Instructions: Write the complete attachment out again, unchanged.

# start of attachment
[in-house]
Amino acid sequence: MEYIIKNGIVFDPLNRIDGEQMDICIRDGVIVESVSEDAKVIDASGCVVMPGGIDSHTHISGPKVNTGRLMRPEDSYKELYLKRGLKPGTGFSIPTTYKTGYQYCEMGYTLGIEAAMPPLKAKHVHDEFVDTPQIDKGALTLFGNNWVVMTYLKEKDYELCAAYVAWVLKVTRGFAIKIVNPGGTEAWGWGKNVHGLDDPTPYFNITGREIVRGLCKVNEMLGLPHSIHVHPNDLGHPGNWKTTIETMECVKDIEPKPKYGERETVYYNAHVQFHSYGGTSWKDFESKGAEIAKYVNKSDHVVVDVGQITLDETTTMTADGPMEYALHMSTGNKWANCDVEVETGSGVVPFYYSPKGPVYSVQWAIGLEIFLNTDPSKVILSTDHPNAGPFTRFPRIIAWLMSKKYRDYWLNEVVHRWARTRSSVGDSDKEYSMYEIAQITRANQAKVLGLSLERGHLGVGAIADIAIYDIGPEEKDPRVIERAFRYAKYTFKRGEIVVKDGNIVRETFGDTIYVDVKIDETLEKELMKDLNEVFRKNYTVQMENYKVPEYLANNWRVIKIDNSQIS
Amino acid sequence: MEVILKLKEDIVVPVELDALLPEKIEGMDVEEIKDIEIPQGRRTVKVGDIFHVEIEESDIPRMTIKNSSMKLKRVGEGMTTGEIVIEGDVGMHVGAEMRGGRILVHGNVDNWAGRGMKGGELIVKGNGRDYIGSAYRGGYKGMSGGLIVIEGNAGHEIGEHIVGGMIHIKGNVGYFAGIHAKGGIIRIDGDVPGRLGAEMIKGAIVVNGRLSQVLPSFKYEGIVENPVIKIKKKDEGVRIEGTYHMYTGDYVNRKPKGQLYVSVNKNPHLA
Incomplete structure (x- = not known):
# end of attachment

[in-house]
Amino acid sequence: MEYIIKNGIVFDPLNRIDGEQMDICIRDGVIVESVSEDAKVIDASGCVVMPGGIDSHTHISGPKVNTGRLMRPEDSYKELYLKRGLKPGTGFSIPTTYKTGYQYCEMGYTLGIEAAMPPLKAKHVHDEFVDTPQIDKGALTLFGNNWVVMTYLKEKDYELCAAYVAWVLKVTRGFAIKIVNPGGTEAWGWGKNVHGLDDPTPYFNITGREIVRGLCKVNEMLGLPHSIHVHPNDLGHPGNWKTTIETMECVKDIEPKPKYGERETVYYNAHVQFHSYGGTSWKDFESKGAEIAKYVNKSDHVVVDVGQITLDETTTMTADGPMEYALHMSTGNKWANCDVEVETGSGVVPFYYSPKGPVYSVQWAIGLEIFLNTDPSKVILSTDHPNAGPFTRFPRIIAWLMSKKYRDYWLNEVVHRWARTRSSVGDSDKEYSMYEIAQITRANQAKVLGLSLERGHLGVGAIADIAIYDIGPEEKDPRVIERAFRYAKYTFKRGEIVVKDGNIVRETFGDTIYVDVKIDETLEKELMKDLNEVFRKNYTVQMENYKVPEYLANNWRVIKIDNSQIS
Amino acid sequence: MEVILKLKEDIVVPVELDALLPEKIEGMDVEEIKDIEIPQGRRTVKVGDIFHVEIEESDIPRMTIKNSSMKLKRVGEGMTTGEIVIEGDVGMHVGAEMRGGRILVHGNVDNWAGRGMKGGELIVKGNGRDYIGSAYRGGYKGMSGGLIVIEGNAGHEIGEHIVGGMIHIKGNVGYFAGIHAKGGIIRIDGDVPGRLGAEMIKGAIVVNGRLSQVLPSFKYEGIVENPVIKIKKKDEGVRIEGTYHMYTGDYVNRKPKGQLYVSVNKNPHLA
Incomplete structure (x- = not known):